Problem occur when assign a ulong value

wfrancis wrote on Monday, September 07, 2009:

The env is LPC2214 and FreeRTOS 5.3.0.
Maybe its not a rtos error, but it’s looks very strange for me.

I defined a struct like this:

#pragma pack(1)

typedef struct
    unsigned char led_busy;                      
    unsigned char led_nua;
    unsigned char led_ua;
    unsigned char led_xe1;
    unsigned char led_b1_err[2];
    unsigned char led_b2_err[2];
    unsigned char led_b3_err[2];
    unsigned char led_g1_err[2];
    unsigned char led_m1_err[2];
    unsigned short es_rs_cur[2];
    unsigned short ses_rs_cur[2];
    unsigned short uas_rs_cur[2];
    unsigned short bbe_rs_cur[2];
    unsigned long cv_rs_cur[2];
    unsigned short es_rs[2];
    unsigned short ses_rs[2];
    unsigned short uas_rs[2];
    unsigned short bbe_rs[2];
    unsigned long cv_rs[2];
    unsigned long cv_rs_threshold[2];
    unsigned char b1_err_led[2];

    unsigned short es_ms_cur[2];
    unsigned short ses_ms_cur[2];
    unsigned short uas_ms_cur[2];
    unsigned short bbe_ms_cur[2];
    unsigned short efs_ms_cur[2];
    unsigned long cv_ms_cur[2];
    unsigned short es_ms[2];
    unsigned short ses_ms[2];
    unsigned short uas_ms[2];
    unsigned short bbe_ms[2];
    unsigned short efs_ms[2];
    unsigned long cv_ms[2];
    unsigned long cv_ms_threshold[2];
    unsigned char b2_err_led[2];
    unsigned short es_hp_cur[2];
    unsigned short ses_hp_cur[2];
    unsigned short uas_hp_cur[2];
    unsigned short bbe_hp_cur[2];
    unsigned short efs_hp_cur[2];
    unsigned long cv_hp_cur[2];
    unsigned short es_hp[2];
    unsigned short ses_hp[2];
    unsigned short uas_hp[2];
    unsigned short bbe_hp[2];
    unsigned short efs_hp[2];
    unsigned long cv_hp[2];
    unsigned long cv_hp_threshold[2];
    unsigned char b3_err_led[2];

    unsigned short m1_err[2];
    unsigned short m1_err_cur[2];
    unsigned short m1_err_threshold[2];

    unsigned short g1_err[2];
    unsigned short g1_err_cur[2];
    unsigned short g1_err_threshold[2];

    unsigned char au_point_threshold[2];
    unsigned char au_point_RPJEP[2];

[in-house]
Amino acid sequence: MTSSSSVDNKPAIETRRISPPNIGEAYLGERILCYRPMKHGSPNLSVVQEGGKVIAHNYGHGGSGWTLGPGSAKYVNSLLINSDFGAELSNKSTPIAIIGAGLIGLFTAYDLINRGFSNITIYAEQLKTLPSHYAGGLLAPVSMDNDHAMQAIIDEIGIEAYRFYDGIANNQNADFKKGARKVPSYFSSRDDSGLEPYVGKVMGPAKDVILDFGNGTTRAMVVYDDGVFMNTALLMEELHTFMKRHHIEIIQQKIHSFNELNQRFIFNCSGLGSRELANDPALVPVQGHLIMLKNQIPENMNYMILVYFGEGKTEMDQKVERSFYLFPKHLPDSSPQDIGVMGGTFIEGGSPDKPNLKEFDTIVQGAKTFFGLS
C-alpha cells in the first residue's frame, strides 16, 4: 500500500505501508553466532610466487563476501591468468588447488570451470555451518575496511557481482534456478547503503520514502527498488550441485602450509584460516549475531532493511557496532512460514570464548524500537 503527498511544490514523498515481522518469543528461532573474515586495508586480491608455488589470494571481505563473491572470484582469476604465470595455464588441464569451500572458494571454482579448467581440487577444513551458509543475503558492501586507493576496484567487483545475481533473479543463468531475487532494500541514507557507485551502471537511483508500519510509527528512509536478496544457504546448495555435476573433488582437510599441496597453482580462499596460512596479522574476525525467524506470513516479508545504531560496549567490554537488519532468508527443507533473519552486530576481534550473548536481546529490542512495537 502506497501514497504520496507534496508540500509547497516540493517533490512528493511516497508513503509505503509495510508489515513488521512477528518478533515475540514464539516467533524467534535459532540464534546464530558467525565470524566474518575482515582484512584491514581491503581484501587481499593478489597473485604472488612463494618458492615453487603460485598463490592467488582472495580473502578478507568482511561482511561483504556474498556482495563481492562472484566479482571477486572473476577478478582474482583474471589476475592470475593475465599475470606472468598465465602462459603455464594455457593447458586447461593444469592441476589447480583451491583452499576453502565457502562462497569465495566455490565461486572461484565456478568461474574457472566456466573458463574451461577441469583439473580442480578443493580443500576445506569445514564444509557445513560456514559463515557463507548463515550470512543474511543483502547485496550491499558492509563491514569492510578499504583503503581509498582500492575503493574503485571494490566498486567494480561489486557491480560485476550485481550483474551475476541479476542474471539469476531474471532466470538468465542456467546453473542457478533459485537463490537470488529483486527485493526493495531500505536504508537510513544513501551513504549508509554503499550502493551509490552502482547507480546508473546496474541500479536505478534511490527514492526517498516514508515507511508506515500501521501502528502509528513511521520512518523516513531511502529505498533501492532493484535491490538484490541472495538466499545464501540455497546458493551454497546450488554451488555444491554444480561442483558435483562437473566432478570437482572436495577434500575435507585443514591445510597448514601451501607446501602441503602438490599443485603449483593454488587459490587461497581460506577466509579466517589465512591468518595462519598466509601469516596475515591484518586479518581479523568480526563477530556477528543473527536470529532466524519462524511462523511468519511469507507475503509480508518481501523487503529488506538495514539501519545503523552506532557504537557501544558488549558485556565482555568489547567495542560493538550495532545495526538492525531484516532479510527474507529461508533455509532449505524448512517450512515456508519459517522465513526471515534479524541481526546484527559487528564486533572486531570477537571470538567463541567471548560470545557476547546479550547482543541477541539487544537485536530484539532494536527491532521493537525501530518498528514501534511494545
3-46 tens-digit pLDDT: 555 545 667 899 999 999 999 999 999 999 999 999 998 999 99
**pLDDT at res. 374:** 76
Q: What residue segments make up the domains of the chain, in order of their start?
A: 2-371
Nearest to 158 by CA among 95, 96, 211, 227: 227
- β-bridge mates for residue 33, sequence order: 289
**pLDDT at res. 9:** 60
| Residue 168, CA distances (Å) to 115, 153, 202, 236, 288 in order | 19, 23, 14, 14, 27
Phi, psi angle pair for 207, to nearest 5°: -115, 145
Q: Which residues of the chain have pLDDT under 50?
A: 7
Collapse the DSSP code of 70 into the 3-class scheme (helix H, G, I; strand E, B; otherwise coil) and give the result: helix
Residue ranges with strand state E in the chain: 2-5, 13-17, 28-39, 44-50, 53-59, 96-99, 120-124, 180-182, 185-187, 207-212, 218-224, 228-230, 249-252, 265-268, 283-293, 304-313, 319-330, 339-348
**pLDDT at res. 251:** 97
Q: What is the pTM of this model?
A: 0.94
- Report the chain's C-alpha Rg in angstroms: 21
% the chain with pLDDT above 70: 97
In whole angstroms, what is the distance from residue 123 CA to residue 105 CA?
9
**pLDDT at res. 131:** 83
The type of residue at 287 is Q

unsigned char au_point_RPJEN[2];

    uchar j0_function[2];
    uchar j0_receive[2];
    uchar j0_expect[2];
    uchar j0_insert[2];

    uchar loop[2];

    uchar rmtPowerDet[2];

    uchar j1_function[2];
    uchar j1_mode[2];
    J1STRING j1_expect[2];
    J1STRING j1_insert[2];
    J1STRING j1_receive[2];

    uchar j016_function[2];
    uchar j016_mode[2];
    J0STRING j016_expect[2];
    J0STRING j016_insert[2];
    J0STRING j016_receive[2];

In one of my tasks I just init a structure like:

performance_status  myStatus;
        myStatus.cv_ms_threshold[0] = 0x12345678;
        myStatus.cv_hp_threshold[0] = 0x12345678;
        myStatus.cv_rs_threshold[0] = 0x12345678;

and print the value like:

        pPrintf ("0x%08x\n\r",myStatus.cv_ms_threshold[0]);
        pPrintf ("0x%08x\n\r",myStatus.cv_hp_threshold[0]);
            pPrintf ("0x%08x\n\r",myStatus.cv_rs_threshold[0]);

what I get is:


What’s wrong?


davedoors wrote on Monday, September 07, 2009:

I’ve not had a detailed look but would suggest this is just because you are forcing variables onto bad byte alignment addresses. Looks ok up to cv_ms_cur but cv_ms_cur is 4 bytes and starts on a 2 byte address. If you pack the structure to 1 byte alignment then you are going to have to manage the alignment manually by rearranging the order or manually adding packing bytes.

wfrancis wrote on Monday, September 07, 2009:

Well I changed the pack value to 4 and the print is ok now.
However, the struct is used in such a case that :
When I get an array of data, I convert it to the structure and use it as a structure.
If I set the pack value to 4, using the sizeof method to calc its size I would get a value larger than the array size.What should I do to fulfill this case?

davedoors wrote on Monday, September 07, 2009:

This is just a C problem. You would have the same problem without using the RTOS.

wfrancis wrote on Monday, September 07, 2009:

I manually __packed the vals in the structure, and it looks like everything is ok now.

Thanks very much for Dave’s help!